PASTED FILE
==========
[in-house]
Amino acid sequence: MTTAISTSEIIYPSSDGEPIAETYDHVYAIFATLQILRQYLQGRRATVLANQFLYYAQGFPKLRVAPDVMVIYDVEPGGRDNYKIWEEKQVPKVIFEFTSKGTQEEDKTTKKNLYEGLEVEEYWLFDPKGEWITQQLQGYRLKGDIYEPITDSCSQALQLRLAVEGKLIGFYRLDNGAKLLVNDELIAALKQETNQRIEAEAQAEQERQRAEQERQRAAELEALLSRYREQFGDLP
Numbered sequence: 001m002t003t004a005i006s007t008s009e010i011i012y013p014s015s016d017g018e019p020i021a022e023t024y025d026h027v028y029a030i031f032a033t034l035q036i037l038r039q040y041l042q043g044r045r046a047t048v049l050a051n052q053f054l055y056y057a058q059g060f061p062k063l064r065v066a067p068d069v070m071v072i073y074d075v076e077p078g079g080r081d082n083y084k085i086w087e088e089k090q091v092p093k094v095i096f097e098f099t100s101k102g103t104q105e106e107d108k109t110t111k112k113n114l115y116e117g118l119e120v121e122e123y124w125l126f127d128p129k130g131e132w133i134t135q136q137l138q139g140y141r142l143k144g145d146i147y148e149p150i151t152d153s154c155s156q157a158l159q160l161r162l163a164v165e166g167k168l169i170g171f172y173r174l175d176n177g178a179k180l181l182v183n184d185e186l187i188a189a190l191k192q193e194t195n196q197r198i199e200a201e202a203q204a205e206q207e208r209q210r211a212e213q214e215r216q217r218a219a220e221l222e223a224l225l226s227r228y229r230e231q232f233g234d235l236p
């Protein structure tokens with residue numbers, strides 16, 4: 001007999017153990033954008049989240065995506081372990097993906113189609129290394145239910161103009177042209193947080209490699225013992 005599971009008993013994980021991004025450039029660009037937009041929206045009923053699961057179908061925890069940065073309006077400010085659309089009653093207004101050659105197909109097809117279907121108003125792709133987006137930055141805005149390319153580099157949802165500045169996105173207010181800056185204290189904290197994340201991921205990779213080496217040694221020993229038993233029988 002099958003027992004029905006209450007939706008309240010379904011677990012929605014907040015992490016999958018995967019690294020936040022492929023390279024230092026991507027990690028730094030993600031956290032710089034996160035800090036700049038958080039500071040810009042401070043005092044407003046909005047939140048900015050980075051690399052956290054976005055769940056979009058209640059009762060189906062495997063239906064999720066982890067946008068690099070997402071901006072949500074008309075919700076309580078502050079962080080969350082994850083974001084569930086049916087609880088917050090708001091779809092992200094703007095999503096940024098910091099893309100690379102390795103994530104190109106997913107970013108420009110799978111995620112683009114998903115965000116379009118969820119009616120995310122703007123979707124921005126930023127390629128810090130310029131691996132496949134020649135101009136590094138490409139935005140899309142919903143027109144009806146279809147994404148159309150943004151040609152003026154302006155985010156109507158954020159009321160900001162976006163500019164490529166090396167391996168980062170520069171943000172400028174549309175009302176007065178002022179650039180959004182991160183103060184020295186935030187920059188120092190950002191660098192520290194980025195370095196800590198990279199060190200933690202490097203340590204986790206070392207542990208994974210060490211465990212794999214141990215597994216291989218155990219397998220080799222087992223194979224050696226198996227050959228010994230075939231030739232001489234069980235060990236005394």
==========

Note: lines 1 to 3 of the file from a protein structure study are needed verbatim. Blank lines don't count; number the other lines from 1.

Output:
[in-house]
Amino acid sequence: MTTAISTSEIIYPSSDGEPIAETYDHVYAIFATLQILRQYLQGRRATVLANQFLYYAQGFPKLRVAPDVMVIYDVEPGGRDNYKIWEEKQVPKVIFEFTSKGTQEEDKTTKKNLYEGLEVEEYWLFDPKGEWITQQLQGYRLKGDIYEPITDSCSQALQLRLAVEGKLIGFYRLDNGAKLLVNDELIAALKQETNQRIEAEAQAEQERQRAEQERQRAAELEALLSRYREQFGDLP
Numbered sequence: 001m002t003t004a005i006s007t008s009e010i011i012y013p014s015s016d017g018e019p020i021a022e023t024y025d026h027v028y029a030i031f032a033t034l035q036i037l038r039q040y041l042q043g044r045r046a047t048v049l050a051n052q053f054l055y056y057a058q059g060f061p062k063l064r065v066a067p068d069v070m071v072i073y074d075v076e077p078g079g080r081d082n083y084k085i086w087e088e089k090q091v092p093k094v095i096f097e098f099t100s101k102g103t104q105e106e107d108k109t110t111k112k113n114l115y116e117g118l119e120v121e122e123y124w125l126f127d128p129k130g131e132w133i134t135q136q137l138q139g140y141r142l143k144g145d146i147y148e149p150i151t152d153s154c155s156q157a158l159q160l161r162l163a164v165e166g167k168l169i170g171f172y173r174l175d176n177g178a179k180l181l182v183n184d185e186l187i188a189a190l191k192q193e194t195n196q197r198i199e200a201e202a203q204a205e206q207e208r209q210r211a212e213q214e215r216q217r218a219a220e221l222e223a224l225l226s227r228y229r230e231q232f233g234d235l236p